Wednesday, February 17, 2010

Lentil Soup

The snow is mostly melted here, but the cold is still stuck to us like white on ice. And I'm still in a soupy mood, so that's just what I've been making as of late. My last soup, potato-broccoli-cheddar, is on that edge of healthy and fatty. This soup, however, is definitely on the healthy side, but not at the cost of good, homey flavors.

Lentil Soup
Adapted from Gourmet Magazine.

1 2/3 cup lentils, rinsed
5 cups water
3.5 cups chicken stock
1 bay leaf
4 cloves garlic, chopped, divided
2 tbsp olive oil
1 lb turkey sausage
1 medium onion, chopped
2 medium carrots, chopped
2 tbsp tomato paste
1 cup chicken, cooked, torn
1/2 lb escarole, chopped
1 tbsp red wine vinegar

Simmer lentils, water, broth, bay leaf, and half of the garlic in a 4 quart pot, uncovered, for 12 minutes.

Heat oil in a wide 6 quart pot over medium-high heat. Cook turkey sausages until cooked through (if raw) or until browned (if pre-cooked). Remove sausages from pan and slice on a bias.

Reduce heat to medium and cook onion, carrots and remaining garlic with some salt and pepper, stirring occasionally until softened, about 5 minutes. Stir in tomato paste and cook for 2 more minutes, stirring frequently. Add the sausages back to the pan along with the chicken and lentils in their cooking liquid. Simmer the soup uncovered until lentils are tender, 3-5 more minutes.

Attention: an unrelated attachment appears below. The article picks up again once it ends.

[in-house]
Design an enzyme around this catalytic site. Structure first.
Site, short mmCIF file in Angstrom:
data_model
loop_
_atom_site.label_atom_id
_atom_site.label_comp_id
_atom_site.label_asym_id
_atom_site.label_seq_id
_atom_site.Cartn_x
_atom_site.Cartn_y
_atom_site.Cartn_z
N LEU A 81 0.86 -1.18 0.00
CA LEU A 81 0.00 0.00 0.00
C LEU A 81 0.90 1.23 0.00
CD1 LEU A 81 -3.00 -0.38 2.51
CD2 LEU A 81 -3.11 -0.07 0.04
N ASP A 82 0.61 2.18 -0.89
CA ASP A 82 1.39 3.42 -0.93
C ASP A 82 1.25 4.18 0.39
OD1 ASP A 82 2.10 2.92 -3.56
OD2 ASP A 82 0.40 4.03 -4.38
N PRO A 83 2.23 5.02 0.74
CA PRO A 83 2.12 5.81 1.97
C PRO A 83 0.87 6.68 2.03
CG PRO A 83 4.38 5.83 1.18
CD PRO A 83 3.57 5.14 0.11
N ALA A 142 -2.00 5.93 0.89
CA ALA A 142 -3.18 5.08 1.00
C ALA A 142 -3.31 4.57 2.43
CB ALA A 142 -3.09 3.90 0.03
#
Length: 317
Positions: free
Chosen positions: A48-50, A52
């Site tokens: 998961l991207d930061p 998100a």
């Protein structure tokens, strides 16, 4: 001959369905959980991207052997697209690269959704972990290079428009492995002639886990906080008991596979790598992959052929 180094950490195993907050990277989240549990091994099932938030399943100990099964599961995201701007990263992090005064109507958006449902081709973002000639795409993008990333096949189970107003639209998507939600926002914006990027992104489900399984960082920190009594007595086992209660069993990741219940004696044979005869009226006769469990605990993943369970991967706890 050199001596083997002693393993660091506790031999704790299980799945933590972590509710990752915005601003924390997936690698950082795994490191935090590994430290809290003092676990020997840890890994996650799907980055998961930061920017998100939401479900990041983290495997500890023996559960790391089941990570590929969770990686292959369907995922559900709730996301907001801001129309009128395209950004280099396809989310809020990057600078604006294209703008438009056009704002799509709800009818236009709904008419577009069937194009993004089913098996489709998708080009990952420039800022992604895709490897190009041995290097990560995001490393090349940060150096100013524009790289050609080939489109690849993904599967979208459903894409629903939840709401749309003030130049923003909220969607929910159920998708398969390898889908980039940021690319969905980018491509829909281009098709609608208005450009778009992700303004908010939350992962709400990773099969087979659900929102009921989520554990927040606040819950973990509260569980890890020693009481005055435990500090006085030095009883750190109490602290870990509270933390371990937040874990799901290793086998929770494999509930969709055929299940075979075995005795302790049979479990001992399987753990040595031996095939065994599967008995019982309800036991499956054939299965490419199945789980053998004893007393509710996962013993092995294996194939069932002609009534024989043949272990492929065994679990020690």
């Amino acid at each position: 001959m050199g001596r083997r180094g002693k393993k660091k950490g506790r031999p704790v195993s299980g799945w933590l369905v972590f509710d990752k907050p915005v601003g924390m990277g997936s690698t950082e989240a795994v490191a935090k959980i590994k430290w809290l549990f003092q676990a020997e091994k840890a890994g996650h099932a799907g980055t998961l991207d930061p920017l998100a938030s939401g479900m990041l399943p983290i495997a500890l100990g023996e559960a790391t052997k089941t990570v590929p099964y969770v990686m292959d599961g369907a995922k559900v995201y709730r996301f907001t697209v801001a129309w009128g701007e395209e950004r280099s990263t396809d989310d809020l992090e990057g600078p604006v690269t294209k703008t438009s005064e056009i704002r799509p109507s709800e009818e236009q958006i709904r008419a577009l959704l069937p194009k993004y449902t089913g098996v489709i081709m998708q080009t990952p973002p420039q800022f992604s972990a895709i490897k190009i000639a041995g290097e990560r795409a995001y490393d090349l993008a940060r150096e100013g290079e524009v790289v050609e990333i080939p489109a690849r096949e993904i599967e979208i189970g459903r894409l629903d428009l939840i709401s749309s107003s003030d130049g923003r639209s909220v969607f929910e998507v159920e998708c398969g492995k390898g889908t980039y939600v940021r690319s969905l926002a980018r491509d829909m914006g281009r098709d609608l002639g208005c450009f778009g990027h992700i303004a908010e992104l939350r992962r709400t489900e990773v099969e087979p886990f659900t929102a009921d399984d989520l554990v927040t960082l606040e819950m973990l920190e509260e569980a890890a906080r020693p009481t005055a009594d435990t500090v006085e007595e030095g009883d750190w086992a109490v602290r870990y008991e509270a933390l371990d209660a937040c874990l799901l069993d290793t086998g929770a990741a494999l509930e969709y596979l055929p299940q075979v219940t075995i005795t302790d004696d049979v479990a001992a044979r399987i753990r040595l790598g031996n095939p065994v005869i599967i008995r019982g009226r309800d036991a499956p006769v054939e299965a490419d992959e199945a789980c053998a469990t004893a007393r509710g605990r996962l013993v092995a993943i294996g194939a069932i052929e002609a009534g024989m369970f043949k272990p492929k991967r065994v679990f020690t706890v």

Stir in escarole and cook until tender, about 3 minutes. Stir in vinegar to taste and season with salt and pepper. Discard bay leaf and serve.

This soup turned out quite nice. The original recipe called for uncasing the sausages, but I like to see the nice round slices of meat. And the chicken adds some more protein and texture. The soup overall has a bit of a smokey quality. It's hearty but your spoon will not stick straight up in it. The escarole contributes some more vitamins to round out this as quite a marvelous soup. And what better accompaniment for soup than some freshly baked crusty bread.

My local grocer, Harris Teeter, has a decent selection of freshly baked breads. In addition to the loads of loaves, there are also some take-and-bake selections. If the description isn't enough, here's the gist: you buy some partially-baked bread, take it home and finish baking it in your oven. That way you are guaranteed that the bread is crusty and warm. Be warned, the bread will only last a day or so unbaked before the mold starts to get it, though I think it would hold up in the freezer. Nothing beats all the benefits of fresh bread without the hassle of making it.

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